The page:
process are dependent on type I IFN signaling and CCR2 during influenza infection (80,81). Some in vitro studies suggested that type I IFN-producing moDCs can regulate viral
replication (82,83); however, whether moDCs participate directly in the antiviral response remains unclear. Interestingly,
CCR2-deficient mice did not exhibit increased influenza viral
Whether moDCs can migrate to draining lymph nodes and
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Lung Dendritic Cell Subsets Regulate Respiratory Virus Infection
Tae Hoon Kim and Heung Kyu Lee
induce the T cell response has not been determined (45,46).
Monocyte-derived CD11c DCs, which express CX3CR1, can
patrol the vessel wall of the pulmonary arterial vasculature
and capture embolic materials. Thus, these cells are essential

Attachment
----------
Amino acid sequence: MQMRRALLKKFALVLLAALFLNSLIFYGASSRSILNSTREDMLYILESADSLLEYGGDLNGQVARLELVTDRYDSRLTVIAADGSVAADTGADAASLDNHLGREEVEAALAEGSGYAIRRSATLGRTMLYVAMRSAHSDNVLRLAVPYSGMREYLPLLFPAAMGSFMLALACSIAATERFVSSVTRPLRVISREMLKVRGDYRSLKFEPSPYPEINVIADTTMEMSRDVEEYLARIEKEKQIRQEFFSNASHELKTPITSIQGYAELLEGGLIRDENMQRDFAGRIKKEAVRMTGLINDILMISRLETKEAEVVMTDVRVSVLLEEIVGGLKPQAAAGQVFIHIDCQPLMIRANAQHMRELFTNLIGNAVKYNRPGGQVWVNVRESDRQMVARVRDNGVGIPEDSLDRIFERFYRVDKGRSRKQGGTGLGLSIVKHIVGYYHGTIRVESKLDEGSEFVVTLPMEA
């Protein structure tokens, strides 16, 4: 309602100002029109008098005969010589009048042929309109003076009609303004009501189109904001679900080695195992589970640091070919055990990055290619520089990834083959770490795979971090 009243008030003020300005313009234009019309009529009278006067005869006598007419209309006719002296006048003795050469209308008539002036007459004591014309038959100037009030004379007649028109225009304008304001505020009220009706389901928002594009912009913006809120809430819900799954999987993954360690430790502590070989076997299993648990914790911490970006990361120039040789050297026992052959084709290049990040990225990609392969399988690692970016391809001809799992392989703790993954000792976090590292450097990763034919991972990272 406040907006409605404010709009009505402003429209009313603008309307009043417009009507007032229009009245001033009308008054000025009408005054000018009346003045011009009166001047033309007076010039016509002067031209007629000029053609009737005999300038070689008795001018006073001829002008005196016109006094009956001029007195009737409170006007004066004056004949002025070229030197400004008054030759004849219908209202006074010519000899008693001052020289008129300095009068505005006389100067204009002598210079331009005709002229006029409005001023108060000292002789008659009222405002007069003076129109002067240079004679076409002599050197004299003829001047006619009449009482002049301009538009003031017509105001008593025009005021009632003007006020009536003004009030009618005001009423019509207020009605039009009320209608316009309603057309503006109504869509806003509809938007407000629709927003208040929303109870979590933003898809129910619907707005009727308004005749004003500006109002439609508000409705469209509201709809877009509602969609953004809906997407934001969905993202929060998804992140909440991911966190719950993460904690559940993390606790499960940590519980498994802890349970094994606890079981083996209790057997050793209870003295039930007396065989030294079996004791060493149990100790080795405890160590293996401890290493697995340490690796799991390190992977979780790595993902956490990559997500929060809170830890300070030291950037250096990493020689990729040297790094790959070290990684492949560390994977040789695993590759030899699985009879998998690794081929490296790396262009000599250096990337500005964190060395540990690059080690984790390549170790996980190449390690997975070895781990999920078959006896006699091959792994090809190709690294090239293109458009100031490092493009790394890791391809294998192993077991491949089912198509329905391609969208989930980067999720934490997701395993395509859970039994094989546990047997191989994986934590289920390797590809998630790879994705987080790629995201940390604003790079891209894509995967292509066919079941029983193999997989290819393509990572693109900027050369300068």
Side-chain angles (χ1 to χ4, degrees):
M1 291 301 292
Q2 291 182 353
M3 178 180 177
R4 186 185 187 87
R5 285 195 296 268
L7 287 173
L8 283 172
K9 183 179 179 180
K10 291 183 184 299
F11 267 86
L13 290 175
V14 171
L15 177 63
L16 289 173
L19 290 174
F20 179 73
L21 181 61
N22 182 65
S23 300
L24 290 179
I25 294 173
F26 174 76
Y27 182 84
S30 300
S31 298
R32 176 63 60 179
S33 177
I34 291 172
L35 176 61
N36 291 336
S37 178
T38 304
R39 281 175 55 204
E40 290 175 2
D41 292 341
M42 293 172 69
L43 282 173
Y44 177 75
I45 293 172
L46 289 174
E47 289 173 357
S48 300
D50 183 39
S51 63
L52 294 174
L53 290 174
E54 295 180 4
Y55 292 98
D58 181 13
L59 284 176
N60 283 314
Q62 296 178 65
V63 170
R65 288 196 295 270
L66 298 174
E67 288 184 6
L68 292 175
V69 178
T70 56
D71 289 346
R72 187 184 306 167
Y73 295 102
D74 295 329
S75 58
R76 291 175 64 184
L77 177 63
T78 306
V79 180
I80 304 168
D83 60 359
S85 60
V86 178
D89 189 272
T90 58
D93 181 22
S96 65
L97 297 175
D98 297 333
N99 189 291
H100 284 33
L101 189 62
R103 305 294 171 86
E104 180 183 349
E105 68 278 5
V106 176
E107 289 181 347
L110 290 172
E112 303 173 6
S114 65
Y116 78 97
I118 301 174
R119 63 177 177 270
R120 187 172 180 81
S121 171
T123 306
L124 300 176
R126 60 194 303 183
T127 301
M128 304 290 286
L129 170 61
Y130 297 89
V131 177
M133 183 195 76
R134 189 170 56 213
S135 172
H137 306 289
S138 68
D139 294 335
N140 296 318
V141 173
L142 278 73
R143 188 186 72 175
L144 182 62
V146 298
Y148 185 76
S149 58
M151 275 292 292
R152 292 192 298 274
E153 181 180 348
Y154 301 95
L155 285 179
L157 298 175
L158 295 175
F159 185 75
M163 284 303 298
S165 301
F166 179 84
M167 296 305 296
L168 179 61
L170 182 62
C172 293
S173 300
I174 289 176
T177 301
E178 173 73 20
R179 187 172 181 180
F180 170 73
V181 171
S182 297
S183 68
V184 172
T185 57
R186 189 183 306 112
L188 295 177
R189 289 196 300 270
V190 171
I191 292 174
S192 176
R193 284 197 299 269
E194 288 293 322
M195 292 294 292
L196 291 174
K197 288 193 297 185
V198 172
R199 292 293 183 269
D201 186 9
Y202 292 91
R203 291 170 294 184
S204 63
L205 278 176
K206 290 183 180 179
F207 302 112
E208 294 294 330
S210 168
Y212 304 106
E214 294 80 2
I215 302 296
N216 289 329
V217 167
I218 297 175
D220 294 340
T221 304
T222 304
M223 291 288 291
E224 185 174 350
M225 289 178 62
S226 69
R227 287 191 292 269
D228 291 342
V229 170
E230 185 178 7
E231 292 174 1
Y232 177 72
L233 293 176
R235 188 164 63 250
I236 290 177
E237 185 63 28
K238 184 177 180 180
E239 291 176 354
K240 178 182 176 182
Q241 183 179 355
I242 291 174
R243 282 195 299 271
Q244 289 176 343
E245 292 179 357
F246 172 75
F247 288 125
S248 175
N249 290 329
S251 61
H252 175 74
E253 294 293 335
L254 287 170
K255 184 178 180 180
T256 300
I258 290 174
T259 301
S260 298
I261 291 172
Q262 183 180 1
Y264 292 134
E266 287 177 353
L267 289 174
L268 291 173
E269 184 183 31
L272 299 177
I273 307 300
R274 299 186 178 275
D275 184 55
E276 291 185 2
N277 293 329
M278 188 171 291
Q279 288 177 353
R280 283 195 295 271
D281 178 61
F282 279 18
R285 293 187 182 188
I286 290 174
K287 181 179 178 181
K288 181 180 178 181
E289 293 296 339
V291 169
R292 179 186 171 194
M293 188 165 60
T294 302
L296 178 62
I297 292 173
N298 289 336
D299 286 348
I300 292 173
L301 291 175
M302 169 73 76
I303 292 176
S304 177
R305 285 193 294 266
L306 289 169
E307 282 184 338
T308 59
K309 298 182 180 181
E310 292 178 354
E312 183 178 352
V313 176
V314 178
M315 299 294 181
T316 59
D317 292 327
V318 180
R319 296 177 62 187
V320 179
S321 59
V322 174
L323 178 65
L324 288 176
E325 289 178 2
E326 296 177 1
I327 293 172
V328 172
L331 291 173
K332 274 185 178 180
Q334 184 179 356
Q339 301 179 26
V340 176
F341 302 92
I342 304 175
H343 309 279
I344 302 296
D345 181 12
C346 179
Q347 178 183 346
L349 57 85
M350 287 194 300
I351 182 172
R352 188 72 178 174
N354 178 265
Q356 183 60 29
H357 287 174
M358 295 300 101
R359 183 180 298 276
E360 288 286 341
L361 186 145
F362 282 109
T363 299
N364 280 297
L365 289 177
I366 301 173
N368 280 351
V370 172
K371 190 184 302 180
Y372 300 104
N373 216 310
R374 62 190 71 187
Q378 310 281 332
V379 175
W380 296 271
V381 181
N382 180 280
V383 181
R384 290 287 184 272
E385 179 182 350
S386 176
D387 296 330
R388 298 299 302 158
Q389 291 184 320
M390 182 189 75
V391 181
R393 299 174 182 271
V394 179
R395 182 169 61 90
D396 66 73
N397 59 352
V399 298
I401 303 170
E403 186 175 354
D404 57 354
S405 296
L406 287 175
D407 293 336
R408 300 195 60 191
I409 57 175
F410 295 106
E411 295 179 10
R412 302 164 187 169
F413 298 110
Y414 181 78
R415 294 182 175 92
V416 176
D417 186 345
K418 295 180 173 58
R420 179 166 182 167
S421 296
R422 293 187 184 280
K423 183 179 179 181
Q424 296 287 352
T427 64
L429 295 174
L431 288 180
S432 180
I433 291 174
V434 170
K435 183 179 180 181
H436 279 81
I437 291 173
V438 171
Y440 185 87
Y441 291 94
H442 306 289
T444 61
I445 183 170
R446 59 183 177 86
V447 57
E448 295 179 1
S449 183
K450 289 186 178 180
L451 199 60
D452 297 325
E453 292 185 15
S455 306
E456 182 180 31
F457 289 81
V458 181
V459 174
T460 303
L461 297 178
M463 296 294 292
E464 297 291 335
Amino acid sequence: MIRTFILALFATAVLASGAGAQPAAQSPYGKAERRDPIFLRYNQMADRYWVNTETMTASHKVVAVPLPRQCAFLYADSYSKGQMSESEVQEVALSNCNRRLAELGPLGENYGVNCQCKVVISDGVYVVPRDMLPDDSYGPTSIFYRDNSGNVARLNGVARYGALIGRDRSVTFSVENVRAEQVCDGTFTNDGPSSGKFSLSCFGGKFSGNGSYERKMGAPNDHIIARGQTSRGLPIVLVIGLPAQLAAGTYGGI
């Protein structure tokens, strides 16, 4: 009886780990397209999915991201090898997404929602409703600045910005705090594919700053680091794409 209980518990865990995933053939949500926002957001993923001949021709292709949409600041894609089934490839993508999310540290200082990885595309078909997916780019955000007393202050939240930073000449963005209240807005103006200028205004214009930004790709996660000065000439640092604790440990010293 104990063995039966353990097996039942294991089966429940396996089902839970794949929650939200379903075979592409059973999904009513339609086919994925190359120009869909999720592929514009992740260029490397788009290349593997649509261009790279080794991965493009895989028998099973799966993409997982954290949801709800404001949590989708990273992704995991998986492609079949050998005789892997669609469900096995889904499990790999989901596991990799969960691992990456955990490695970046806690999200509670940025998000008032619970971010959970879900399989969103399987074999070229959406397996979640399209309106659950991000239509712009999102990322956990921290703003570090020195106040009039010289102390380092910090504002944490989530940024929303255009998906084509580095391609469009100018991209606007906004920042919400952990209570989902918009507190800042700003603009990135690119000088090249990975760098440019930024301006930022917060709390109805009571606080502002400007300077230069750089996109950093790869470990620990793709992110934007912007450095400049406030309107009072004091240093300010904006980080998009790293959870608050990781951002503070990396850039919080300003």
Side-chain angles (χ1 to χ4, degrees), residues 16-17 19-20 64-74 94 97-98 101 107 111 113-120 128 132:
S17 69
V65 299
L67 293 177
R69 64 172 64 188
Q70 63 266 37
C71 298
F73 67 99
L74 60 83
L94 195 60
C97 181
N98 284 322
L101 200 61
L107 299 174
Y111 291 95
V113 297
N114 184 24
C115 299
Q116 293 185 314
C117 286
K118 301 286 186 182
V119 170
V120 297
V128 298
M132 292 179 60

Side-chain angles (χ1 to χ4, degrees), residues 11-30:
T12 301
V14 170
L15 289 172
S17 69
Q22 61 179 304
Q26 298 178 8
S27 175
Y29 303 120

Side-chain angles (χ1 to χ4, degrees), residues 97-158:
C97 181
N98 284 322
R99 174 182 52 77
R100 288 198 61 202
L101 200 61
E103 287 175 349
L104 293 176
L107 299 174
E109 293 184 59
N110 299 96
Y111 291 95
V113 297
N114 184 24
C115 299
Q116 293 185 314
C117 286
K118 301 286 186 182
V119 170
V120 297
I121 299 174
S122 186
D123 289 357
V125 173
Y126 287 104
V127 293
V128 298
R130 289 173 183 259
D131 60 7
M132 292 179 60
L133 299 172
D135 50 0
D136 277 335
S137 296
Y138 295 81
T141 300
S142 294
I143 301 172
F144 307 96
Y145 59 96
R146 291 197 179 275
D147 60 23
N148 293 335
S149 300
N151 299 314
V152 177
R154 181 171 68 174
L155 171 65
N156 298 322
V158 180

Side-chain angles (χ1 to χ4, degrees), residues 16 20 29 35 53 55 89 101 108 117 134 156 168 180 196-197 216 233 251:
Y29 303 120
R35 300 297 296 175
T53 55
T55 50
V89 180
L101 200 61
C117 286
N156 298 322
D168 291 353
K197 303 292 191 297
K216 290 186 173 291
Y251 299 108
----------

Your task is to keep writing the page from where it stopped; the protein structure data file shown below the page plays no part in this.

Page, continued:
and sufficient for priming of naïve T cells in lung draining
mediastinal lymph nodes (84). Some studies have shown that
moDCs may be important for the interaction of effector T
cells present in the infection site instead of the lymph nodes
CD8α dendritic cells
Generally, CD8α+ cDCs do not exist in the lung because
these cells are non-migrating, lymphoid-organ resident DCs.
However, CD8α cDCs are involved in respiratory virus
infection. They can induce the T cell response in mediastinal
lymph nodes. CD8α cDCs constitute 20∼40% of spleen and
lymph node cDCs. Similar to CD103 cDCs, CD8α cDCs
lack expression of CD11b and other macrophage markers.
However, they express high levels of Flt3 and proliferate in
response to Flt3 ligand (87).
Lymphoid resident CD8α+ cDCs are immature in the
steady state, but microbial products can induce maturation of
CD8α cDCs. Lymph node CD8α cDCs are located in the
subcapsular sinus, the site of afferent lymphatic vessel entry
(39,88). After antigen uptake, these CD8α cDCs migrate to
the T cell zone where they present antigens.
As mentioned above, CD8α+ cDCs share their origin and
function with nonlymphoid CD103 cDCs. However, the
function of CD8α cDCs themselves is still unclear. Generation of conditional or knockout mouse models for specific